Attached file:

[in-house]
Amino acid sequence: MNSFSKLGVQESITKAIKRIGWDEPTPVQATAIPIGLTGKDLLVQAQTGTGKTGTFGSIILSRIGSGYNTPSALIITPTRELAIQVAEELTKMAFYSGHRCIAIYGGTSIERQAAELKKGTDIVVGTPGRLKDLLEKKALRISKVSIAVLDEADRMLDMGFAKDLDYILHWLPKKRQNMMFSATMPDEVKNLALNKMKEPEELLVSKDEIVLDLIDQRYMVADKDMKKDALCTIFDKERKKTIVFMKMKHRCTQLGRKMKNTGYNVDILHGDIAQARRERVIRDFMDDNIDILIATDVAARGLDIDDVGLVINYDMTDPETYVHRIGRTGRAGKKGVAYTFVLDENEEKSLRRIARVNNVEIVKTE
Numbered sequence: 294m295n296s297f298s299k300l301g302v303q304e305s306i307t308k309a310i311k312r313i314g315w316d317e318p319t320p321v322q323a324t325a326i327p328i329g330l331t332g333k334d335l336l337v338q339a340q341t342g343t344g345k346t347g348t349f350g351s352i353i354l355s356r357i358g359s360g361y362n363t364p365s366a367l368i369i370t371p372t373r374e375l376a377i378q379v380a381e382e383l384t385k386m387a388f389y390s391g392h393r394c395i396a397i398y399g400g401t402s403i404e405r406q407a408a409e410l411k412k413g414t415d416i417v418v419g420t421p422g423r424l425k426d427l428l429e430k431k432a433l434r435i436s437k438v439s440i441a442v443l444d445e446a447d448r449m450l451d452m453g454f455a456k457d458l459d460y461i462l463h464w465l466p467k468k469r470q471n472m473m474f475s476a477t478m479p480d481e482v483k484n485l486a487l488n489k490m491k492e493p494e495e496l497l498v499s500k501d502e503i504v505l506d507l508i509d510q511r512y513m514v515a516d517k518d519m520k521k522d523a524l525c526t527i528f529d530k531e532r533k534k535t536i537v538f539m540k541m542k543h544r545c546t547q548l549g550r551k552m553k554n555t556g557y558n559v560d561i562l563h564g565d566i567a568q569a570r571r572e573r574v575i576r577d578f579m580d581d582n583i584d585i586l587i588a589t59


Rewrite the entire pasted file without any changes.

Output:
[in-house]
Amino acid sequence: MNSFSKLGVQESITKAIKRIGWDEPTPVQATAIPIGLTGKDLLVQAQTGTGKTGTFGSIILSRIGSGYNTPSALIITPTRELAIQVAEELTKMAFYSGHRCIAIYGGTSIERQAAELKKGTDIVVGTPGRLKDLLEKKALRISKVSIAVLDEADRMLDMGFAKDLDYILHWLPKKRQNMMFSATMPDEVKNLALNKMKEPEELLVSKDEIVLDLIDQRYMVADKDMKKDALCTIFDKERKKTIVFMKMKHRCTQLGRKMKNTGYNVDILHGDIAQARRERVIRDFMDDNIDILIATDVAARGLDIDDVGLVINYDMTDPETYVHRIGRTGRAGKKGVAYTFVLDENEEKSLRRIARVNNVEIVKTE
Numbered sequence: 294m295n296s297f298s299k300l301g302v303q304e305s306i307t308k309a310i311k312r313i314g315w316d317e318p319t320p321v322q323a324t325a326i327p328i329g330l331t332g333k334d335l336l337v338q339a340q341t342g343t344g345k346t347g348t349f350g351s352i353i354l355s356r357i358g359s360g361y362n363t364p365s366a367l368i369i370t371p372t373r374e375l376a377i378q379v380a381e382e383l384t385k386m387a388f389y390s391g392h393r394c395i396a397i398y399g400g401t402s403i404e405r406q407a408a409e410l411k412k413g414t415d416i417v418v419g420t421p422g423r424l425k426d427l428l429e430k431k432a433l434r435i436s437k438v439s440i441a442v443l444d445e446a447d448r449m450l451d452m453g454f455a456k457d458l459d460y461i462l463h464w465l466p467k468k469r470q471n472m473m474f475s476a477t478m479p480d481e482v483k484n485l486a487l488n489k490m491k492e493p494e495e496l497l498v499s500k501d502e503i504v505l506d507l508i509d510q511r512y513m514v515a516d517k518d519m520k521k522d523a524l525c526t527i528f529d530k531e532r533k534k535t536i537v538f539m540k541m542k543h544r545c546t547q548l549g550r551k552m553k554n555t556g557y558n559v560d561i562l563h564g565d566i567a568q569a570r571r572e573r574v575i576r577d578f579m580d581d582n583i584d585i586l587i588a589t59